“We look at the different cycles and phases of a woman’s journey,” explains Taryn Forrelli, chief science officer at Traditional Medicinals. She welcomes the growing customization of female health products as more brands are helping women through their life.

Nadine Joseph started Peak and Valley because she saw women’s health products as an “underserved category.” She has developed supplements based on her own health needs, focusing on stress management and brain and skin health, with ingredients where research articles backed their efficacy. 

The recently founded supplements company Wile was created to specifically target women over the age of 40 and their health needs, focusing on their hormonal balance, says Corey Scholibo, the company’s co-founder. 

According to Innova Market Insights, supplement launches with women’s health claims have grown by 40% annually from 2017-2021. Important categories include immune health, energy & stamina, pregnancy/breastfeeding, brain-mood health and skin health. 

The journey of women’s health 

Forrelli notes that the supplement industry is increasingly talking more directly about women’s health issues, such as menopause, menstruation and sexual health. “Much of a woman’s life is led and guided by hormonal cycles – from adolescence to post-menopause. Maintaining a healthy cycle and hormonal balance will impact a woman’s whole body health, vitality, well-being and general feelings of wellness,” comments Jo Webber, herbal education lead at Pukka Herbs. 

She explains that a healthy hormonal balance supports women during their “menstrual cycle, to conceive and give birth successfully and to experience stress-free menopause. Also, to have good muscle and bone health, healthy digestion, mood and happiness.”

Scholibo notes that instead of treating one-off symptoms, “we realized it requires a whole system approach because there’s a feedback loop between the nervous, endocrine, and reproductive systems.” Industry experts reported that many areas of women’s health are being overlooked, such as mental well-being and sexual wellness. 

Turning to nature 

Companies are finding inspiration in traditional medicines and plants when developing new products. Forrelli explains that plants have compounds that can regulate hormones and help modulate stress, which impacts women’s health. 

Wile has a naturopathic focus for its (peri-)menopause products. “We knew that nine out of ten women wanted over-the-counter supplements and a natural approach to this natural transition,” notes Scholibo.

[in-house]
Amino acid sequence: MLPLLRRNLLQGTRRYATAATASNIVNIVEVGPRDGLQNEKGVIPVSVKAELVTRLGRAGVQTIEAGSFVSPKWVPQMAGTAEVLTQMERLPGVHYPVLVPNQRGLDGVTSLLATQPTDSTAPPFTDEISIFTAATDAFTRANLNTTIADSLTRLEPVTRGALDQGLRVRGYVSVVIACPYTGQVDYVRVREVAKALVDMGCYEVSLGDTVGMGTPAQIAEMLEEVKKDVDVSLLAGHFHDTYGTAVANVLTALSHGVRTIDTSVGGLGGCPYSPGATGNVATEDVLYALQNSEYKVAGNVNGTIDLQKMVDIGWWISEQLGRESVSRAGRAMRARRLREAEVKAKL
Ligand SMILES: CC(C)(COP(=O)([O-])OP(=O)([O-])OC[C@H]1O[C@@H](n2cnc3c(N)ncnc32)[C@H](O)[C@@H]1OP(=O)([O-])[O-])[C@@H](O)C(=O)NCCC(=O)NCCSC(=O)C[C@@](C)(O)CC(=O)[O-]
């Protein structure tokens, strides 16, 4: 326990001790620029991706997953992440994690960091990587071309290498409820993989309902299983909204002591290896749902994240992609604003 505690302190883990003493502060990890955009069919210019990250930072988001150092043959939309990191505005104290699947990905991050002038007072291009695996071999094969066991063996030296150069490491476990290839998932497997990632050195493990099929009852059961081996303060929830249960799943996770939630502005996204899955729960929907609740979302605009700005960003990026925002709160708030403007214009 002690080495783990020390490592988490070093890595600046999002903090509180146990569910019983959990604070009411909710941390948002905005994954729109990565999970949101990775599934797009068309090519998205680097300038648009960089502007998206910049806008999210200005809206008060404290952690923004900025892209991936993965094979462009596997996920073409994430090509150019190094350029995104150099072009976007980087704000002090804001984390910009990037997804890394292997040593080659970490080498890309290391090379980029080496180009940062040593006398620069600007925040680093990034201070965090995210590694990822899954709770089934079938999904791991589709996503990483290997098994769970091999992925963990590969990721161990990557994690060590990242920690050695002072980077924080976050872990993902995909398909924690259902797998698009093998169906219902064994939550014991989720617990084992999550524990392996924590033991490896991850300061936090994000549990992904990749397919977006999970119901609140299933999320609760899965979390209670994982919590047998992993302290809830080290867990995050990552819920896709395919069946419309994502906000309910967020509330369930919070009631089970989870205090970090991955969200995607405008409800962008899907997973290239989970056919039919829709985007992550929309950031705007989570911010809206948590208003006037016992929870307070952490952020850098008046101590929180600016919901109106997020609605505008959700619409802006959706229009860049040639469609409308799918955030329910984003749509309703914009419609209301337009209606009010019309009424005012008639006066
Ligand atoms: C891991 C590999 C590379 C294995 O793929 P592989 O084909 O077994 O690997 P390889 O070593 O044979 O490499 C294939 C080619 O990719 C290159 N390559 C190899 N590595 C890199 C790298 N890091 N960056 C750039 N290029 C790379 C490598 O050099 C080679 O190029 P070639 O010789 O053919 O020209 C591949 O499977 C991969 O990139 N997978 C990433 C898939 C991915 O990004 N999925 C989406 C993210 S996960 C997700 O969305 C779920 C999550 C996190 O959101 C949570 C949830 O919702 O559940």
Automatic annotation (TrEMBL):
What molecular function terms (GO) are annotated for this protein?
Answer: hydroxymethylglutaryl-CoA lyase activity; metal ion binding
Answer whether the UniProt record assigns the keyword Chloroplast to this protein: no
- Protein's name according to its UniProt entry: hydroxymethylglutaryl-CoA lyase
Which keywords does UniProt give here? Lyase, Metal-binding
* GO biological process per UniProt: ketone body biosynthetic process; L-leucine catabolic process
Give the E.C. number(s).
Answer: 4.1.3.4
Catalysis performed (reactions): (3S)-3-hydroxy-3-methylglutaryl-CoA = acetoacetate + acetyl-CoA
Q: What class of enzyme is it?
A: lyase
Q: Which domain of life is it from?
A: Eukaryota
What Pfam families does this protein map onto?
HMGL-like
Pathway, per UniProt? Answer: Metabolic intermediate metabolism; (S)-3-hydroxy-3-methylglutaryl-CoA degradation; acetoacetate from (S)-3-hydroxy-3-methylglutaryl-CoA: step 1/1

Joseph adds that her first products focus on adaptogens and medicinal mushrooms, which she found “were used in Traditional Chinese Medicine (TCM) and Ayurveda healing traditions for hundreds of years and had quite a bit of research to back them.”

Ingredients backed by science 

Science and regulatory experts are essential to select ingredients with known efficacy for a specific health area. “Science looks at how plants are traditionally used and tries to understand which aspects of the chemistries of the plant are delivering the benefit,” explains Forrelli. 

Webber adds that Pukka’s tea blends are rooted in ancient medicine systems. “We look at traditional medicine and science to choose the right herbs that have botanical/herbal effect action in this regard, e.g., chamomile to relax or valerian to promote sleep. We want the tea to be truly effective.” 

“It’s then a matter of drafting a functional herbal formula that will be truly efficacious, similar to how you might for a patient, but with a mind to sustainability, taste, interest, etc.”

Why sourcing matters

Forrelli highlights the importance of traceability, as a plant’s source reflects its chemistry and potency. “If we want to make sure we use herbs of the highest quality reflected in their efficacy, we must understand where they come from.”

Although she first sourced through wholesalers, Joseph at Peak and Valley started questioning where the ingredients originated from and if people working with these products were treated fairly and appropriately paid. “I slowly started integrating direct sourcing into our products, sourcing from cooperatives at first.” 

“The process of sourcing each ingredient is very long as I go out and develop relationships with farmers and cooperatives, usually in person.” 

What’s next? 

Webber welcomes the growing knowledge among women on what herbal teas to drink during different stages of the menstrual cycle. “Additionally, we’ve seen a greater understanding of menopause and its normalization and reframing as a natural transition, as opposed to something ‘wrong.’”

However, Scholibo notes that (para-)menopause products must become a more encompassing category with multiple options and alternatives. “More women will be over 40 than under 40. This whole category should be bigger.” 

He urges retailers to bring all products in this category together in stores, such as supplements, feminine care, and skin and hair care. 

Joseph urges retailers to embrace women’s health more and the brands that support them. “Retailers have the power to educate women, to show them alternative ways to support them.” 

By Jolanda van Hal

Source: NutritionInsight 

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